Do you remember the day when you learned that you were no longer in college and alcohol was no longer your friend? I was very rudely reminded of this fact over the weekend. I went out with some new friends on Saturday night and, well, we may have had a couple of extra drinks. Pair that with the fact that I had two glasses of white wine in the afternoon because it was such a lovely day…and yeah. My brain wanted to jump out of my body and pair up with someone else on Sunday morning. I was in such bad shape that I ordered pancakes for breakfast, which I’ve never done before. I spent the remainder of the day on the couch, watching old episodes of The Mindy Project in an effort to sooth my soul. I remember in college we would go drink for drink all evening, wake up in the morning and be ready to do it again. I think around 23, though, all of that changed, and I was welcomed into the world one morning with this strange new feeling called a “hangover”. It’s your body’s way of telling you that no, you are not invincible, and yes, you are getting old. The price of a good time, I suppose, is severe pain the next day. I feel like I need a green juice and coconut water and another evening snuggling up on the couch until I’m fully recovered. I never want to see alcohol again! It is now my sworn enemy. Until Friday night, I’m sure.
The baby Doc Martens I got for my good friend’s baby, the reason I felt like death on Sunday morning, lunch at Bar Primi the afternoon before and my attempt at a hangover cure (I’ve heard Marmite helps)!
A couple of weeks ago, I received a copy of Joy the Baker’s new cookbook, Homemade Decadence, and I was super excited to flip through it, pick out a recipe and start baking. The photos are beautiful and the recipes are an inspiration, so I highly recommend picking up a copy if you haven’t already. There eggselent (do you see what I did there) brunch recipes, boozy cocktail recipes (please, not right now), classics like lemon bars and new twists on the classics, like buttered popcorn rice crispy treats (say what). There are also loads of big, beautiful cake recipes that I can’t wait to dive into, like the cover’s chocolate-peanut butter pretzel layer cake – can someone please make this for my birthday next month? I decided to start with something decidedly simple, though, as I had house guests at the time but still wanted to whip something up.
This maple apple upside-down cake is the best thing you could possibly make to put you in the mood for fall. Fresh autumn apples paired with a rich maple syrup drizzled over the cake is irresistible, especially if you throw in a little whipped cream or vanilla ice cream. My guests and I enjoyed the cake at home, then I brought the rest into the office to share – everyone seemed to remark on how tasty it was. I love that this cake doesn’t require too much work or any fussing with making a batch of frosting. It’s made in one pan, and the carmely, mapley drizzle is almost better than frosting, anyway. Joy always says that caramel is the best addition to any dessert and I agree. This upside-down cake will stay moist and delicious for a few days after it’s baked, so it’s perfect for a weekend brunch dish, made a day or two before, or for days after alongside a cup of good, strong coffee. It’s finally chilly outside, so get in the spirit of the season with this cake!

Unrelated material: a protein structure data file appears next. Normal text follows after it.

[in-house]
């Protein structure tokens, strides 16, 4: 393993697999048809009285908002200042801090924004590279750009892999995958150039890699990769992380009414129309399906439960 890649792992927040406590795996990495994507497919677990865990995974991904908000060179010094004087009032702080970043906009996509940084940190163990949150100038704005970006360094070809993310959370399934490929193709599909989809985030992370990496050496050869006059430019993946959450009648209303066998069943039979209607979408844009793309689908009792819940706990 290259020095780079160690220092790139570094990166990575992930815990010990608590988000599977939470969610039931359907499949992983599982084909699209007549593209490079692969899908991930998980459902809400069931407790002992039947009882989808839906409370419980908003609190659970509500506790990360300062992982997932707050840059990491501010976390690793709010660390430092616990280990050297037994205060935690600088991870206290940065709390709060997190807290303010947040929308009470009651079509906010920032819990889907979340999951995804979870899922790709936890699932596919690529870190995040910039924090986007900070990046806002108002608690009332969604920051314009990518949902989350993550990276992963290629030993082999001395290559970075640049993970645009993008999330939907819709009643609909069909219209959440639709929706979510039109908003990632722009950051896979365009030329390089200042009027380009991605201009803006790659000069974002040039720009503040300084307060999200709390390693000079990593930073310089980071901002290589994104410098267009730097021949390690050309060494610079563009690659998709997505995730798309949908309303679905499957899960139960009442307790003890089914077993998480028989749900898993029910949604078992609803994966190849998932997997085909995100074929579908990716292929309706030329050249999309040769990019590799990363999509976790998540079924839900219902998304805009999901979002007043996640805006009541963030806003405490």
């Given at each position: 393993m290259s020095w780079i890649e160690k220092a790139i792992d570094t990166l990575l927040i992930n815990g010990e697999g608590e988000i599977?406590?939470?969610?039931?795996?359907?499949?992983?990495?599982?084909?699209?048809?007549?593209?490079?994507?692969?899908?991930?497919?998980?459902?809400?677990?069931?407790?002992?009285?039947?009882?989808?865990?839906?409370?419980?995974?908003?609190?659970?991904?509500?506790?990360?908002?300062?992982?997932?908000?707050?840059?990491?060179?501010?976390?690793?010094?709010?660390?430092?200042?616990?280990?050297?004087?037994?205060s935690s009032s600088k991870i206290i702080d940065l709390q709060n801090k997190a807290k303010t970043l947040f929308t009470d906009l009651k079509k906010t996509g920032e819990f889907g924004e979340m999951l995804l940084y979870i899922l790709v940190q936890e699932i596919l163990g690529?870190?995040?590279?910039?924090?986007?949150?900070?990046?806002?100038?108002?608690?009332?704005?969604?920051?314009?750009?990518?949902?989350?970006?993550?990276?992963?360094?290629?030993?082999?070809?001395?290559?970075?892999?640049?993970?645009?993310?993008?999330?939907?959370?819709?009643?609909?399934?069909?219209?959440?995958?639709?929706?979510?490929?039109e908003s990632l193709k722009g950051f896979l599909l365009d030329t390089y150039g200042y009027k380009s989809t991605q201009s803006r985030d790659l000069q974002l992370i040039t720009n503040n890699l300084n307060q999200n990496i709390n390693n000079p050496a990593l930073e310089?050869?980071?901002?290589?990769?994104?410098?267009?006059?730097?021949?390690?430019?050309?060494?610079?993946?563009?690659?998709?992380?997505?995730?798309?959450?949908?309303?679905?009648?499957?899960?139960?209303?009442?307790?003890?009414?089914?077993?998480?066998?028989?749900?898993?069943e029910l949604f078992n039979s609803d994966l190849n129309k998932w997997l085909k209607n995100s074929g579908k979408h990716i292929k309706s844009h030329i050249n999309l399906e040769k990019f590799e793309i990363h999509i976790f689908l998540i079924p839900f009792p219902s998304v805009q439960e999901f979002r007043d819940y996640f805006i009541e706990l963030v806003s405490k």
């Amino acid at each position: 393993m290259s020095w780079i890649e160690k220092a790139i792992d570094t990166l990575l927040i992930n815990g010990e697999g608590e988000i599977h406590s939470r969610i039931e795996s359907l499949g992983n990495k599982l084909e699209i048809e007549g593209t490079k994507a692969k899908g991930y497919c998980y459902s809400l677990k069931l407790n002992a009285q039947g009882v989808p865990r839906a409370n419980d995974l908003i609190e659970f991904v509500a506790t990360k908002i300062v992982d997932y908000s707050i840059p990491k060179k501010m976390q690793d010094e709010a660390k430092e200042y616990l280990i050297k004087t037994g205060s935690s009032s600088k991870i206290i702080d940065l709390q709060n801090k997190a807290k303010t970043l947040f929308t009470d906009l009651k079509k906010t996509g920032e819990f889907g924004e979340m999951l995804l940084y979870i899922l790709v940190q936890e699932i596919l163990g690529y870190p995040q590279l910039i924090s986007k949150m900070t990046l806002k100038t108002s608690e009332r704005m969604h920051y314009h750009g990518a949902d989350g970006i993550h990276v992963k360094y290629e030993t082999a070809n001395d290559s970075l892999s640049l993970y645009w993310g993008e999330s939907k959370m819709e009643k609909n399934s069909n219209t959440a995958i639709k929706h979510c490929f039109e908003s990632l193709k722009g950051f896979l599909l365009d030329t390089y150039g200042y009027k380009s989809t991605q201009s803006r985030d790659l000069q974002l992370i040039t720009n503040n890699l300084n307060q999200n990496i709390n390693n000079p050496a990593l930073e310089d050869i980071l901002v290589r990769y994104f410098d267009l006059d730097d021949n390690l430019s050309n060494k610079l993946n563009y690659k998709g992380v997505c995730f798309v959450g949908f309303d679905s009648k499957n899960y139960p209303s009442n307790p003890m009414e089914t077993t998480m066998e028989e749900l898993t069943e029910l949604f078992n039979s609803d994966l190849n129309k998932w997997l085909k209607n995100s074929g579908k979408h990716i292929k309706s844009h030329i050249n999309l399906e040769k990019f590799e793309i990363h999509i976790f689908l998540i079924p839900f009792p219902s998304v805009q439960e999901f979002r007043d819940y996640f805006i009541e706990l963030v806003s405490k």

Time to get baking.
Arrange your apples in your buttered cake pan, pour half of your maple mixture over them, then spread the cake batter gently over the top.
Grating the apple and adding it to the cake makes it extra moist and allows the cake to have even more apple flavor.
Bake for 50 minutes or so, until browned and set.
Run a knife around the cake to loosen it, then invert it onto your plate or cake stand.
Heat up your remaining maple syrup mixture, and drizzle it over the top.
- 2 medium apples, sliced into ½-inch thick wedges
- ½ cup pure maple syrup
- 4 tablespoons unsalted butter
- ½ cup firmly packed brown sugar
- ¼ teaspoon ground cinnamon
- ¼ teaspoon freshly grated nutmeg
- 1½ cups all-purpose flour
- 1 teaspoon baking soda
- 1 teaspoon ground cinnamon
- ½ teaspoon freshly grated nutmeg
- ½ teaspoon ground ginger
- ½ teaspoon kosher salt
- ¾ cup unsalted butter, melted and cooled
- 2 large eggs
- ¼ cup pure maple syrup
- ¾ cup packed brown sugar
- 1 apple, grated
- Preheat your oven to 350 degrees F and generously butter a 9x2-inch round baking dish or cake pan. Slice two apples into wedges (you can peel them or not - I didn't) and arrange the wedges in the bottom of your prepared baking dish, overlapping if needed.
- In a medium saucepan over medium-low heat, combine the maple syrup, 4 tablespoons of unsalted butter, brown sugar, cinnamon and nutmeg. Heat until the butter melts and the mixture begins to simmer, about 4 minutes. Remove the pan from the heat. Pour half of the syrup over the apples in the baking dish. Reserve the remaining half for after the cake is baked.
- For the cake, in a large bowl, whisk together the flour, baking soda, cinnamon, nutmeg, ginger and salt.
- In a separate bowl, combine the melted butter, eggs, maple syrup, brown sugar and grated apple. Add the apple mixture to the flour mixture and stir well. Dollop the batter onto the apples in the baking dish and gently smooth the top.
- Bake the cake until a wooden toothpick inserted into the center comes out clean, 45-50 minutes. Let the cake cool for 5 minutes, then run a knife around the edges of the cake to loosen it a bit before inverting it onto a plate. Drizzle the cake with the reserved, heated up syrup and let cool just slightly before slicing and serving.